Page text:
EWHC 1884 (Comm)
To what extent does the Late Payment of Commercial Debts (Interest) Act 1998 apply to international contracts? The legislation is afterall based on European Union legislation. Here, Mr Justice Popplewell explained that section 12 of the Late Payments Act provides that where parties to a contract with an international dimension have chosen English law to govern the contract, the choice of English law is not of itself sufficient to ensure that the Act applies. The Act will only apply if there is a significant connection between the contract and England or if the contract would be governed by English law leaving aside the choice of law clause.
The Judge also reminded everyone of the twin purposes of the Act: namely to protect commercial suppliers whose financial position makes them particularly vulnerable if their debts are paid late and the general deterrence of late payment of commercial debts. This does not explain why section 12 provides that where parties to a contract with an international dimension have chosen English law to govern the contract, the choice of English law is not of itself sufficient to attract the application of the Act.
The Judge explained. First it reflected domestic policy considerations which are not necessarily the same as for contracts with an international dimension. Second, it is of considerable economic value that international parties regularly choose English law and jurisdiction to govern their contracts. Section 12 recognises that subjecting parties to a penal rate of interest on debts might be a discouragement to those who would otherwise choose English law to govern contracts arising in the course of international trade, and accordingly does not make such consequences automatic.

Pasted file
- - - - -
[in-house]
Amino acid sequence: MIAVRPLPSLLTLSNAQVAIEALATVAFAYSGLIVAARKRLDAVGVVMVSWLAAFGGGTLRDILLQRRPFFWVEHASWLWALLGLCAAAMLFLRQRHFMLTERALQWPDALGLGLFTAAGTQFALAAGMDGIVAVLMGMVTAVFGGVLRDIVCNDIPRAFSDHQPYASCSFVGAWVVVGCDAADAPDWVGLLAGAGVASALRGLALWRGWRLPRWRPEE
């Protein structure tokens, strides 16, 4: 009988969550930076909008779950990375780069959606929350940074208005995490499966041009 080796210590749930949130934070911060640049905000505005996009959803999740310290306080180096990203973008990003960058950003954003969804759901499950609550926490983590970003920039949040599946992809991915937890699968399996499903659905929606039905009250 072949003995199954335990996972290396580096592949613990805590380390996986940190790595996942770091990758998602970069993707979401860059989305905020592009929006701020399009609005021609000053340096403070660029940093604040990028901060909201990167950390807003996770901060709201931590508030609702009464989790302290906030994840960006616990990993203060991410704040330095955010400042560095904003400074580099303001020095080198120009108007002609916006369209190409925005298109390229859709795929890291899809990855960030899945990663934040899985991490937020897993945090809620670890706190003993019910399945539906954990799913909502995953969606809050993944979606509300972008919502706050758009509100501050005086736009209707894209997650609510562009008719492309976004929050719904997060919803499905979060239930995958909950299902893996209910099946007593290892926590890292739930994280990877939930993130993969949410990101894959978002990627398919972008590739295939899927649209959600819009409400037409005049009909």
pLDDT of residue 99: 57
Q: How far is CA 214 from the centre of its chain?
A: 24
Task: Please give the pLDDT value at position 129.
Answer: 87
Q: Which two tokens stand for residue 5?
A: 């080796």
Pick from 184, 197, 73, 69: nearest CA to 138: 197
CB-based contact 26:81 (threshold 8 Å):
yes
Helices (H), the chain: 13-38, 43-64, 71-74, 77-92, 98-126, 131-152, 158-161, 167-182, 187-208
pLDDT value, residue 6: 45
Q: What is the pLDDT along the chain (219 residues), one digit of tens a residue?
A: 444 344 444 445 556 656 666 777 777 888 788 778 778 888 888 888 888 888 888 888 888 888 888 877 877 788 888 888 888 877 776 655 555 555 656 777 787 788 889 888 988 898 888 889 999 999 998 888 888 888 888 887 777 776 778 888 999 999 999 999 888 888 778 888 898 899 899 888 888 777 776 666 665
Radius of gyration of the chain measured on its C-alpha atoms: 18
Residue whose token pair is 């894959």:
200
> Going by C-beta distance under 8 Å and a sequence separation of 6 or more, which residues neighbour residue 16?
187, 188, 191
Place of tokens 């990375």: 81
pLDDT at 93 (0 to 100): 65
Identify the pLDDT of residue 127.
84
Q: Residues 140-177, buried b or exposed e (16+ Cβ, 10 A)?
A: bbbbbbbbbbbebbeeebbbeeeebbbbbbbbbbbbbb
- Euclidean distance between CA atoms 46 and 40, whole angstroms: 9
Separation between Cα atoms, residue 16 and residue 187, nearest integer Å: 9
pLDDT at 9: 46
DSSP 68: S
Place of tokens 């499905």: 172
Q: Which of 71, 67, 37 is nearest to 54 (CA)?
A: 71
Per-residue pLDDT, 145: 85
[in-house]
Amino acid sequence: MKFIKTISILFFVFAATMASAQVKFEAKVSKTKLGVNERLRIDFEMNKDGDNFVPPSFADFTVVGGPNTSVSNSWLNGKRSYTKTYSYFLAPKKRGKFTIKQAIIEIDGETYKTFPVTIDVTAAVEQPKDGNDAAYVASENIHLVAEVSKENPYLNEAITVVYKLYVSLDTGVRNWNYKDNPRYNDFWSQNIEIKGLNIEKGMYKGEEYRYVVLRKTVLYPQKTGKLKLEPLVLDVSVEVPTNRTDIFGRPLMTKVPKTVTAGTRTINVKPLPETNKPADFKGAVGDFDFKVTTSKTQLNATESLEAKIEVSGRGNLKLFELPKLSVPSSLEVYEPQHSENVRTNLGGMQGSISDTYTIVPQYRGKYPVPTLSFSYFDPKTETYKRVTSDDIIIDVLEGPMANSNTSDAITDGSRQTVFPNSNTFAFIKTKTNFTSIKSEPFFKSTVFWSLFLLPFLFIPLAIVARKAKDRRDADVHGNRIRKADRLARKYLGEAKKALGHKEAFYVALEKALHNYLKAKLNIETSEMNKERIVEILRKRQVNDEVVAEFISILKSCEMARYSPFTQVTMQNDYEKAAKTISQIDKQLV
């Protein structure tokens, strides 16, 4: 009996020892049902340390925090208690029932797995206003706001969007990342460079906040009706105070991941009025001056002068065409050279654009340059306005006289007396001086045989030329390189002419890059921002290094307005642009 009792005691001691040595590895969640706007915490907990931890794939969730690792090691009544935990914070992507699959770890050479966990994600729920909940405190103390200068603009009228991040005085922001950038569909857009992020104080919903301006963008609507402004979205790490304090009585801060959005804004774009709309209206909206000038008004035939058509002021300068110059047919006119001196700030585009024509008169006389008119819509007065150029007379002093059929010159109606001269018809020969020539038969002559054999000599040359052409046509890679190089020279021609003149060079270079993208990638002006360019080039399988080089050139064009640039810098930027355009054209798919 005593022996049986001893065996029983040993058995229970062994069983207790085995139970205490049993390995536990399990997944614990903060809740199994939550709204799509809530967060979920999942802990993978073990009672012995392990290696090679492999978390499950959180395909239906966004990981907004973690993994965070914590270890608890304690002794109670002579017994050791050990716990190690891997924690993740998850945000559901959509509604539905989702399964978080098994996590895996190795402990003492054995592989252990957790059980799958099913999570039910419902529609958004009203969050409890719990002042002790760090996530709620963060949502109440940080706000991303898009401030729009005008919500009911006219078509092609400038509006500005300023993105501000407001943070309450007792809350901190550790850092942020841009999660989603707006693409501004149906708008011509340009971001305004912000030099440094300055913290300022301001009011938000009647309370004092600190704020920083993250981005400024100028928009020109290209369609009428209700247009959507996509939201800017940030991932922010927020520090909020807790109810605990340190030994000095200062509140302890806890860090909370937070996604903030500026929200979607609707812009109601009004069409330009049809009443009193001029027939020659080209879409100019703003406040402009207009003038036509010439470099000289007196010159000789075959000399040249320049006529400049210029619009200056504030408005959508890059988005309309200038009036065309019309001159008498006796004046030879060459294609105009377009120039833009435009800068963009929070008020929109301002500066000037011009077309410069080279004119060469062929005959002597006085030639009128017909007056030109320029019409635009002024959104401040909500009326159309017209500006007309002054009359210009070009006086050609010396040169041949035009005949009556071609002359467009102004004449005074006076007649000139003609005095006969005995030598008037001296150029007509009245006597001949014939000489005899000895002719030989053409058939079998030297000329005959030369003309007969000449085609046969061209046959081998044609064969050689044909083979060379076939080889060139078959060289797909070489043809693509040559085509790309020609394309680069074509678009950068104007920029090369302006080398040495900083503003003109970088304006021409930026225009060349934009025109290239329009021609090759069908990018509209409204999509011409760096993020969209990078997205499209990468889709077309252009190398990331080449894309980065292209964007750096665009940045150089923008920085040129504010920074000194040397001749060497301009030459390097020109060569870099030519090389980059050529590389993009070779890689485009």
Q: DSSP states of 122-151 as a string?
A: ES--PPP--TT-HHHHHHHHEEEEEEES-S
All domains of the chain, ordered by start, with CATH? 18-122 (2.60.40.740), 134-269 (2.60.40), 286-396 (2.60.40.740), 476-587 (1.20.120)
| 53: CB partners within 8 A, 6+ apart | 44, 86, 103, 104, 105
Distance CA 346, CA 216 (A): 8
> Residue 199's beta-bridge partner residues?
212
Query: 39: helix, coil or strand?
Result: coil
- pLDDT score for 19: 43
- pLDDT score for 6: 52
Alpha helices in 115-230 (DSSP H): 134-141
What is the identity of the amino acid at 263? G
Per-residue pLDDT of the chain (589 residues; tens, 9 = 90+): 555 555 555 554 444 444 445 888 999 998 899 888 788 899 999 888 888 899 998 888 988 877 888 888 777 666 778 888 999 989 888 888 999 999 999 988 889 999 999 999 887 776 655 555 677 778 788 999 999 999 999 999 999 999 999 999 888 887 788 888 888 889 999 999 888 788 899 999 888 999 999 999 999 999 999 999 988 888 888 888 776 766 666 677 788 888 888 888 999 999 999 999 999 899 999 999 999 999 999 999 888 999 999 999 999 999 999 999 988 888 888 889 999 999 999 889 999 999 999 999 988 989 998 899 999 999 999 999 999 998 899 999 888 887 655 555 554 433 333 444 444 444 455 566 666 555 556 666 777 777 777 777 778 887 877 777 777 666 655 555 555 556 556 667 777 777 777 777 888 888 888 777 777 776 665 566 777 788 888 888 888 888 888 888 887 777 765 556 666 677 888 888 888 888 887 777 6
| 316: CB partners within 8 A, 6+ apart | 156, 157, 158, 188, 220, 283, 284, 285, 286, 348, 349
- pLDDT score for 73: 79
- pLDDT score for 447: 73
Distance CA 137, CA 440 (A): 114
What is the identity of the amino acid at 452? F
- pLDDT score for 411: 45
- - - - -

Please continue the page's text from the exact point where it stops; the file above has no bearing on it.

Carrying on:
The Judge identified the following factors which might justify the application of a domestic policy of imposing penal rates of interest on a party to an international commercial contract. They must provide a real connection between the contract and the effect of prompt payment of debts on the economic life of the UK:
- Where the place of performance of obligations under the contract is in England;
- Where the nationality of the parties or one of them is English; here, if the paying party was a UK national then the Act may well be engaged.
- Where the parties are carrying on some relevant part of their business in England.
- Where the economic consequences of a delay in payment of debts may be felt in the UK, something which may engage consideration of related contracts, related parties, insurance arrangements or the tax consequences of transactions.
Finally, the Judge was of the view, that when it came to the performance of the contract, what mattered, at least for a contract for the supply of services, was the performance of the supplier, not that of the person who pays for the services.